David Leary: Yeah. So, we have a dashboard for account and bookkeepers so they can easily view all their clients at once, stay on top of unpaid bills, bills that need to be approved, maybe bill payment has failed for some reason, you can quickly add clients, and then it’s really easy to see from all the QuickBooks. We’ve recently added that dashboard to all the accountants and bookkeepers to add their clients.
Heather Smith: Awesome. Thank you for that. So, I’d like to move into wrapping up the interview with you Dave, and I’ve loved having you here today. So, I’d like to circle back to apps in general. We’re in a difficult time at the moment, you’re a man with such a wealth of information around this area.
So, what advice would you have for the people who are working in the app industry to survive and thrive through the rest of the pandemic and beyond? What advice would you have for them?
David Leary: Like for app developers? Or just people?
Heather Smith: Yeah, the app developers.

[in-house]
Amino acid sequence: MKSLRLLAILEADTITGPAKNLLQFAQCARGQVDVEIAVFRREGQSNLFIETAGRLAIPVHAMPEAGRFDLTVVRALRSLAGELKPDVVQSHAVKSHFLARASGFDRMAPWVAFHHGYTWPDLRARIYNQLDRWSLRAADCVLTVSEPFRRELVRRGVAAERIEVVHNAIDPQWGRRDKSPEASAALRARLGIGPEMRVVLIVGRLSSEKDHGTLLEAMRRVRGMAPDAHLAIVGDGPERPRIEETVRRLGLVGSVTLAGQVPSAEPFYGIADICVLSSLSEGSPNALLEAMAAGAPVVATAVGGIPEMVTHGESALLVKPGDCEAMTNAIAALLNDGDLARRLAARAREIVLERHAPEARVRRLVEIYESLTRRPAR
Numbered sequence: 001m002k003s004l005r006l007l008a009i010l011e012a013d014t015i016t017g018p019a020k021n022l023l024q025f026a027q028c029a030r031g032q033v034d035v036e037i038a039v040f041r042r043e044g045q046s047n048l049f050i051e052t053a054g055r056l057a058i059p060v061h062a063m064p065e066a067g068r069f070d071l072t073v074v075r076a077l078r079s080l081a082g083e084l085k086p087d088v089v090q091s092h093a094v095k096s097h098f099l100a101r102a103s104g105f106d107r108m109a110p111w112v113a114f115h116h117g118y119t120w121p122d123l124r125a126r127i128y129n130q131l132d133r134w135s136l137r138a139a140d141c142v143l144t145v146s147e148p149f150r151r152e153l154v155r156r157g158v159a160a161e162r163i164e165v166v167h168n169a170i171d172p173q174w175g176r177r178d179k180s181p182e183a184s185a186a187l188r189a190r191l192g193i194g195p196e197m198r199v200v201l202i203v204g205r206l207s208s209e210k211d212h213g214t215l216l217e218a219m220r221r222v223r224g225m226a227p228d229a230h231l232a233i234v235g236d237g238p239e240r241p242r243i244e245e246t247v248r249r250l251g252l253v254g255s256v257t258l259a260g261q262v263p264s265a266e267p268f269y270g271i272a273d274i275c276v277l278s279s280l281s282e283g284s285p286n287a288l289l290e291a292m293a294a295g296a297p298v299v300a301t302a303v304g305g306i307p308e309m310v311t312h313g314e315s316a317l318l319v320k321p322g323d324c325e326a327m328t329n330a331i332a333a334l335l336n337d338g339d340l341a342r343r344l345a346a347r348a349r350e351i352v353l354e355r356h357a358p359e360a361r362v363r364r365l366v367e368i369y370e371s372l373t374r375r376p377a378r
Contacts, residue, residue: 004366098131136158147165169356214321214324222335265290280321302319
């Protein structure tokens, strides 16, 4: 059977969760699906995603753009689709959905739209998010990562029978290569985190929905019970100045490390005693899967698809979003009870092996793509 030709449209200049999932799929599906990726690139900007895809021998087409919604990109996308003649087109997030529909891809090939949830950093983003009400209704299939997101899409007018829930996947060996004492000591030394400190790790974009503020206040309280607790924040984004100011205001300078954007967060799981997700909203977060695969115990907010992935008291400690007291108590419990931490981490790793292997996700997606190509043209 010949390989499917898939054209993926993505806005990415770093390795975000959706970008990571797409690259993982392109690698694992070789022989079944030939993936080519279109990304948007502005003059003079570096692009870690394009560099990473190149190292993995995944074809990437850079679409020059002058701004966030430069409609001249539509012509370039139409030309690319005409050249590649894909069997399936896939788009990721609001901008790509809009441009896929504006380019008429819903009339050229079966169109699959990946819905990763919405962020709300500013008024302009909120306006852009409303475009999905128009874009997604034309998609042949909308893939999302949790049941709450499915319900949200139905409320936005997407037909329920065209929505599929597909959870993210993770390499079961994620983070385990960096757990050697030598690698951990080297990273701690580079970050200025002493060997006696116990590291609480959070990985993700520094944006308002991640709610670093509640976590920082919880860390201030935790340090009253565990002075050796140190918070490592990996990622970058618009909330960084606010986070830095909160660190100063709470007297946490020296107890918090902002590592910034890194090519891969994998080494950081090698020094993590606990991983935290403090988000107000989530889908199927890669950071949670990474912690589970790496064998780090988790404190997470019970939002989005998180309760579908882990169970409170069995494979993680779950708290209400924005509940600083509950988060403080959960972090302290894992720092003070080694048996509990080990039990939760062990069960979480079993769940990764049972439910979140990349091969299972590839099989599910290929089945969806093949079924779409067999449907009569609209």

David Leary: I think for the app developers it’s going to be figuring out how you’re going to enable people just to be more efficient in this environment. So, if your app has workflows that maybe require … they just don’t work well asynchronously, maybe it’s too … There’s this fine like of asynchronous communication and realtime communication, and if you think about Slack it’s very realtime. And sometimes it’s disruptive. But I think app developers need to figure out what’s the right balance of that for their app, because some parts of your app it might make much more sense for it to be asynchronous for that, especially being in the business owner’s use of it where it makes sense.
David Leary: Bill payment, it makes sense for it to be asynchronous, right? Somebody creates the bill payments, yes, there’s a deadline when they probably need to be approved so they can move out and be paid on time, but it’s also not instantaneous like nobody needs to get an instant phone notification on their phone, “You need to approve this bill right now, or this bill payment.” But there are other apps where maybe that instantaneous communication needs to happen since everybody’s now working remotely. You can’t just pop into somebody’s office to get clarification or something like that. What workflows are for your app and your customer base, and how that ties back into everybody’s new day to day, it’s completely different now.